I went to an aid conference last year where the speakers took turns ridiculing each other's work. The speakers in question were all among the top in their field, and all had tenure, so to my mind they had little reason to be insecure. And many of them are even personal friends! The atmosphere seemed almost childish - though most everyone there was over forty.
I asked one of them afterwards why they all seemed intent on attacking and triumphantly exposing a shortcoming or flaw in the others' presentations, with the implication being the whole approach was baloney. Why not build on what was valid in others' presentations and then refine one's own view, so as to more quickly advance their understanding of the world?
"That's not the way it works," my friend told me. "You advance knowledge by mud-slinging, not by listening. That's the way it has always been and always will be."
I just can't accept this. People need to get past their own egos and actually talk to - and learn from - each other, especially when the stakes are high. In that context, I was really happy to have a good conversation about RCTs (Randomized Controlled Trials) with some friends and highly qualified colleagues on Facebook. I learned a lot from it, and it may even generate a paper. I am reproducing my original post, along with their comments (with their permission) below.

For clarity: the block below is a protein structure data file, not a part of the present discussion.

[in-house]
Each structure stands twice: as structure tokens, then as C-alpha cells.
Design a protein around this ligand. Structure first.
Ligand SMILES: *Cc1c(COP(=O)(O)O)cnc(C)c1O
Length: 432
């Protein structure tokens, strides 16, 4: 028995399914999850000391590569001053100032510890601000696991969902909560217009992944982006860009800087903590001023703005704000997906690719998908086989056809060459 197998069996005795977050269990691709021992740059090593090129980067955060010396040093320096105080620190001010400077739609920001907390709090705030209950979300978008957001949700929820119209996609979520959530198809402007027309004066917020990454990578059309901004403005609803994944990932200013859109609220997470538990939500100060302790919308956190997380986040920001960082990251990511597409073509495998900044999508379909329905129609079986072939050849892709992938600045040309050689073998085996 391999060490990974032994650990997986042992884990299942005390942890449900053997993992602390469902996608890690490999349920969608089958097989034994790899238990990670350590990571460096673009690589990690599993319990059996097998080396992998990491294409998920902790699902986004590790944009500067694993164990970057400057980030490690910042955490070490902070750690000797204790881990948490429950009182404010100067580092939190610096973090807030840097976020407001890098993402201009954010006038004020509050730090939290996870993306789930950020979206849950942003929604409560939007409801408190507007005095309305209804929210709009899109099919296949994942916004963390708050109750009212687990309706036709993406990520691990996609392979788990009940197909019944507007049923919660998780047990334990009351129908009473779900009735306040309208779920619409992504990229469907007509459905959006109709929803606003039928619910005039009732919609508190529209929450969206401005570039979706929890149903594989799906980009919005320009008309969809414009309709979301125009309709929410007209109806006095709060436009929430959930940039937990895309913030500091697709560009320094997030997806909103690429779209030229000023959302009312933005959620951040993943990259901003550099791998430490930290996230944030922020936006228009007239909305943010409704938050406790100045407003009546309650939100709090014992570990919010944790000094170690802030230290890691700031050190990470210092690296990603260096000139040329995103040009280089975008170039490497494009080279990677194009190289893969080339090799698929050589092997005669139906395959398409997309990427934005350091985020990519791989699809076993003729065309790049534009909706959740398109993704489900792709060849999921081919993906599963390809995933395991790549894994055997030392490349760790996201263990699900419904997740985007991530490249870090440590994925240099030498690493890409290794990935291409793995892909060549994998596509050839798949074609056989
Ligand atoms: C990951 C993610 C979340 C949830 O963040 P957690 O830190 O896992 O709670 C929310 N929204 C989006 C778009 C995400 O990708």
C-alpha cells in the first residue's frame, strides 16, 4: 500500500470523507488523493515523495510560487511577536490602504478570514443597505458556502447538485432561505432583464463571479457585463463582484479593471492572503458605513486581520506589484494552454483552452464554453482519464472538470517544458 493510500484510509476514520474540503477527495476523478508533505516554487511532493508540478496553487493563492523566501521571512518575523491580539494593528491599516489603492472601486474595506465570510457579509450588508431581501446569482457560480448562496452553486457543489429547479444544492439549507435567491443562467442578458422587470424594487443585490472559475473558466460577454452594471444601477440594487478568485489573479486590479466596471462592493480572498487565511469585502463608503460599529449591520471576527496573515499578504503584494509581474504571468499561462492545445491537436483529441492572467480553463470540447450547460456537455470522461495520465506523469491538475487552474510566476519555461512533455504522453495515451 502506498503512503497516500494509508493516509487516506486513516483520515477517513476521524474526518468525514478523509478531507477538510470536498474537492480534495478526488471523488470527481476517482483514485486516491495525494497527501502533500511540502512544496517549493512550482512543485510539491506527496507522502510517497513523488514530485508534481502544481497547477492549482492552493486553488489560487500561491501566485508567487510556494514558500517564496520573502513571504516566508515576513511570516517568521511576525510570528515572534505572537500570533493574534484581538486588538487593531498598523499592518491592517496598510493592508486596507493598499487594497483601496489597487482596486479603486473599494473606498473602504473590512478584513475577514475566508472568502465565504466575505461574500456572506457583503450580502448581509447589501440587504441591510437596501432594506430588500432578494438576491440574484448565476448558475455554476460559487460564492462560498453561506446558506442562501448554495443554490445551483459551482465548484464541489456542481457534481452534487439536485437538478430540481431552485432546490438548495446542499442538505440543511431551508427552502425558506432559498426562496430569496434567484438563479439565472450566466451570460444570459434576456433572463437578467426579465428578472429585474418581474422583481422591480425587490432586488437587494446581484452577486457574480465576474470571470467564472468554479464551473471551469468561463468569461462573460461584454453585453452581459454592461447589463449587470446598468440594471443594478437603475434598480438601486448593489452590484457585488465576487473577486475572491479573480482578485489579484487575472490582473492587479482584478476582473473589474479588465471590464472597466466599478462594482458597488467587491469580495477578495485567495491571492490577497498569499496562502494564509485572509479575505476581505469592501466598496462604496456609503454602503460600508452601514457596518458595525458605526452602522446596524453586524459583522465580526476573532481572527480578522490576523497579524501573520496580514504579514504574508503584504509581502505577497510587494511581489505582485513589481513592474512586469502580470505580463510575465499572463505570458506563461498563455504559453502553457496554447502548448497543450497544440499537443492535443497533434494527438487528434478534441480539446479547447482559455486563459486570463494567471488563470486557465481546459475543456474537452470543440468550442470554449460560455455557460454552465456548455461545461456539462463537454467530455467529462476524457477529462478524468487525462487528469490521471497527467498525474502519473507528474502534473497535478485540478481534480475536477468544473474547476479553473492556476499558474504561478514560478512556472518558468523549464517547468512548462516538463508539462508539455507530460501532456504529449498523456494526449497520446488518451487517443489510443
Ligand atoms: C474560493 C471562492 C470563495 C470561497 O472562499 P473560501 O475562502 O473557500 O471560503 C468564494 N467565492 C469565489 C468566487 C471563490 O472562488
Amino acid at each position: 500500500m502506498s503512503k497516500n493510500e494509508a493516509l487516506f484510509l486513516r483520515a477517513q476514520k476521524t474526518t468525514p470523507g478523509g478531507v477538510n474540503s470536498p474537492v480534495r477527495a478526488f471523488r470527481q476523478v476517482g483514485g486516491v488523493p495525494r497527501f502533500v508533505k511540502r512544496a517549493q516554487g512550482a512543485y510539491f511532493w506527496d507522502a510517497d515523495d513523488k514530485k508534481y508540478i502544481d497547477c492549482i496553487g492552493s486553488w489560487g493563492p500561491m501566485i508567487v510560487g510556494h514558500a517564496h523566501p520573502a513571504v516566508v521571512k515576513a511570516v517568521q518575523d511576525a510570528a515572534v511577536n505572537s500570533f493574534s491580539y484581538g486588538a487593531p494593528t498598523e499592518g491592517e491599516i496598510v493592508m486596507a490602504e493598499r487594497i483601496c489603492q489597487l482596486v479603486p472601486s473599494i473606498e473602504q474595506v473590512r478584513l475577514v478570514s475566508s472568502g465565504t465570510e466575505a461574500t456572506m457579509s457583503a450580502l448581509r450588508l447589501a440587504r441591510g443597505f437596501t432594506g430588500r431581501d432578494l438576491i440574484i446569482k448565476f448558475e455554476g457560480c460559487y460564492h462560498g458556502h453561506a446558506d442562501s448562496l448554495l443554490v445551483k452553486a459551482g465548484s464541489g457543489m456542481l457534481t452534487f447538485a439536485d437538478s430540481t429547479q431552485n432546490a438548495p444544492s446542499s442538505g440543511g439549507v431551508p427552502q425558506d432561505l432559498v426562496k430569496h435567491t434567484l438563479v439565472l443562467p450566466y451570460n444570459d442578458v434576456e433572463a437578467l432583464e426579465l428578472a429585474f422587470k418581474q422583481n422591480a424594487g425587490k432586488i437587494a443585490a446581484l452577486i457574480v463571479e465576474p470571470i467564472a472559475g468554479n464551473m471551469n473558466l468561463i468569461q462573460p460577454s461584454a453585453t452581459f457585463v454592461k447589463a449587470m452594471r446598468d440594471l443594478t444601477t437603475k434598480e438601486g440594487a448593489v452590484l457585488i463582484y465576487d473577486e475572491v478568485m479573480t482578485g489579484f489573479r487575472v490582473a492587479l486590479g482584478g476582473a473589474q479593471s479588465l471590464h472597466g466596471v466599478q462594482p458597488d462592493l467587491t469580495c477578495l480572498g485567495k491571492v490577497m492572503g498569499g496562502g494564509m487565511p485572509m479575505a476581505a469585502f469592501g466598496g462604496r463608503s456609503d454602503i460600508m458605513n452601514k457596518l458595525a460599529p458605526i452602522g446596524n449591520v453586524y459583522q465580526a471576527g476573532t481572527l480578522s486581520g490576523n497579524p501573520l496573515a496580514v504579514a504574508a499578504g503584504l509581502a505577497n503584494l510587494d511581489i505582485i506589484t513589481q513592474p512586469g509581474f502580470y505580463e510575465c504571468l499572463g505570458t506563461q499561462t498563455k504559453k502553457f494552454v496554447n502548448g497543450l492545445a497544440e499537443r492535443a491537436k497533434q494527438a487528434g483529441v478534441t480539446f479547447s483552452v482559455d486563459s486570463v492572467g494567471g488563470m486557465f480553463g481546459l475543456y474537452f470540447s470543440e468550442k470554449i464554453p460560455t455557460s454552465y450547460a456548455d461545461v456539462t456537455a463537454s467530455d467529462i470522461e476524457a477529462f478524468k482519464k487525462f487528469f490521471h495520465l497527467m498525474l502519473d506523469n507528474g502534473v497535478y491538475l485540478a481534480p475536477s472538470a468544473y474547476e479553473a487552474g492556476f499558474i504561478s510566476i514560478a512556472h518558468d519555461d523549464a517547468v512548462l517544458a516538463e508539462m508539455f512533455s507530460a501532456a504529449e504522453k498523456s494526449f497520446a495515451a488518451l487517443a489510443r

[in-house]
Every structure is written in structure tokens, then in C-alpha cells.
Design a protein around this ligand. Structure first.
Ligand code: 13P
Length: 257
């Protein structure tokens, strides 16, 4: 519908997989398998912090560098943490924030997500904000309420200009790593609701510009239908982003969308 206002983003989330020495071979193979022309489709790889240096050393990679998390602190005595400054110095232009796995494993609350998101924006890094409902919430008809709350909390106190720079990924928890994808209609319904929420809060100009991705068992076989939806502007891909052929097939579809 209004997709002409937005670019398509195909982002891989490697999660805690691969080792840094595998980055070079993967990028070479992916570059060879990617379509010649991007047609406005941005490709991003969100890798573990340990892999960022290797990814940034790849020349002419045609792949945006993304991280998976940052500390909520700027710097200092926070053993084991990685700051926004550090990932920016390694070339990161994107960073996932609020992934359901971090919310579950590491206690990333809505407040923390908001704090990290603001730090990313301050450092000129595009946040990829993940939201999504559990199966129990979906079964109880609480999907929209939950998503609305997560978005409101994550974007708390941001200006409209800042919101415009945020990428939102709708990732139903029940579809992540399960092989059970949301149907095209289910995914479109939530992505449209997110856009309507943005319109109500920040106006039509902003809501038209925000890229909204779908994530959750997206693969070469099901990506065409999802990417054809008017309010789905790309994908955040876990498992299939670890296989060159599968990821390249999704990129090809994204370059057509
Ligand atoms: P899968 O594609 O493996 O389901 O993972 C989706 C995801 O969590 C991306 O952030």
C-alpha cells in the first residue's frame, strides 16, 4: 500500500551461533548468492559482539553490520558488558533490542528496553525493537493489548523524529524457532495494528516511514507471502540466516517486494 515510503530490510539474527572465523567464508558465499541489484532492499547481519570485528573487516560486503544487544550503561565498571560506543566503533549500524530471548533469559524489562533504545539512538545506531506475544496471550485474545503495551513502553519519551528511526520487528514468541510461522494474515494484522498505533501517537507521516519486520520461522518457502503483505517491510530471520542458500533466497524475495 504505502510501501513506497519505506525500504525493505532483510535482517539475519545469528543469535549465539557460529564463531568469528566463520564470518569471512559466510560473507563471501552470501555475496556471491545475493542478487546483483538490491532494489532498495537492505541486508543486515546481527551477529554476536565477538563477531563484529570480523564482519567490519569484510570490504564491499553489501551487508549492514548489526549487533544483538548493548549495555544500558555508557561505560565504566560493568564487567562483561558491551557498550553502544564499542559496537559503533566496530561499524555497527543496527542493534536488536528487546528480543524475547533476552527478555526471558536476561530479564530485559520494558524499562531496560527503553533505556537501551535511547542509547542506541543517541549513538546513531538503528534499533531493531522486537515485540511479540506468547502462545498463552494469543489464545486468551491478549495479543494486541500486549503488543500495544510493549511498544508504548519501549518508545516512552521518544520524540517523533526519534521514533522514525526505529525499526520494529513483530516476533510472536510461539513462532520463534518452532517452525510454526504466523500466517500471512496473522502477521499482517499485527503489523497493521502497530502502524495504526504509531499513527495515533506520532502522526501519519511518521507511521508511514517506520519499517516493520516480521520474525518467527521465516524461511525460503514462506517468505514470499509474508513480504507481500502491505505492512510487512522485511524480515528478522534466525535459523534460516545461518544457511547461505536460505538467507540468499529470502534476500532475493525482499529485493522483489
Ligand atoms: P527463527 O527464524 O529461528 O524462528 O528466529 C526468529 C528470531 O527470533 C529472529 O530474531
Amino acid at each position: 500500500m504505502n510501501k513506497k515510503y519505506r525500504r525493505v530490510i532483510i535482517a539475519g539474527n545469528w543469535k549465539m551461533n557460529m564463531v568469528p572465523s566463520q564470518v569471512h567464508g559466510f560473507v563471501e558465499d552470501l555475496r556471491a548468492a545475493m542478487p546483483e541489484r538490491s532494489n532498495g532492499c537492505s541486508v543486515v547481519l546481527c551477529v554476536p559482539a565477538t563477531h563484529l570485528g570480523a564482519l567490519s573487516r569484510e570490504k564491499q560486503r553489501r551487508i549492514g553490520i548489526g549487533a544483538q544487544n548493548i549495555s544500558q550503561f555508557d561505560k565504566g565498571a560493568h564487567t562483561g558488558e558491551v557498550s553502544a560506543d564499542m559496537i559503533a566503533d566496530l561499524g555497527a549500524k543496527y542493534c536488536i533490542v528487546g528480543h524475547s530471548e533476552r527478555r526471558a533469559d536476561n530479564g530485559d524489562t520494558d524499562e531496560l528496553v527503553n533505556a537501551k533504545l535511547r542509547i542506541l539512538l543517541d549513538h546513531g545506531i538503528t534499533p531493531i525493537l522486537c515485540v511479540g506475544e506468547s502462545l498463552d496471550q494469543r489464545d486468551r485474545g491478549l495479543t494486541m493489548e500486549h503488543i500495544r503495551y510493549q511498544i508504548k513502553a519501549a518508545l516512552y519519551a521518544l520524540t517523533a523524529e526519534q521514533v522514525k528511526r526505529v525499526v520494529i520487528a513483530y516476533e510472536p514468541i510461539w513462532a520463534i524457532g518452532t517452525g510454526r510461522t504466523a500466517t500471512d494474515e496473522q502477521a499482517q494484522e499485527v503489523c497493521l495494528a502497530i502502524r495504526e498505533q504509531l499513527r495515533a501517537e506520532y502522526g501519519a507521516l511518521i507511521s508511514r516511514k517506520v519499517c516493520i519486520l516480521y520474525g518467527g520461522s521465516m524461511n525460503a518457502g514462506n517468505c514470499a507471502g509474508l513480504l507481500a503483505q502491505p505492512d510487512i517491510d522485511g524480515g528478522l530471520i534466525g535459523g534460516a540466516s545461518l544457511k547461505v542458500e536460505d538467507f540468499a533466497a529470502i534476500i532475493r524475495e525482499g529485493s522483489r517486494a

That is Alanna Shaihk guest blogging at AidWatch. She describes two limitations to evaluation discussed by Steve Lawry of the Hauser Center at Harvard. Excessive reliance on evaluation, Lawry says, stifles innovation and artificially constrains aid agencies to initiatives that can be easily measured with data.
It’s a standard trope of this blog to point out that there’s no panacea in global development. That’s true of impact evaluation, too. It’s a tool for identifying worthwhile development efforts, but it is not the only tool. We can’t go back to assuming that good intentions lead to good results, but there must be room for judgment and experience in with the quantifiable data.
I would add a third limitation. Formal evaluations, including the gold standard of randomized controlled trials, are not scalable. We simply do not have the time and resources to do centralized, in-depth evaluations of everything. The only way forward is to establish a decentralized, implicit form of evaluation in which beneficiaries and other stakeholders can provide feedback about quality and relevance of aid projects.
This is how markets work. The magazine Consumer Reports does a great job of evaluating products. But it evaluates a miniscule proportion of all the products produced each year in the economy. So who evaluates the other 99.9999% of products? The consumer. If the consumers buy a product, it keeps getting produced. If not, it doesn't. Does this system work perfectly? Of course not. Does it work better than any alternative we have found? By far.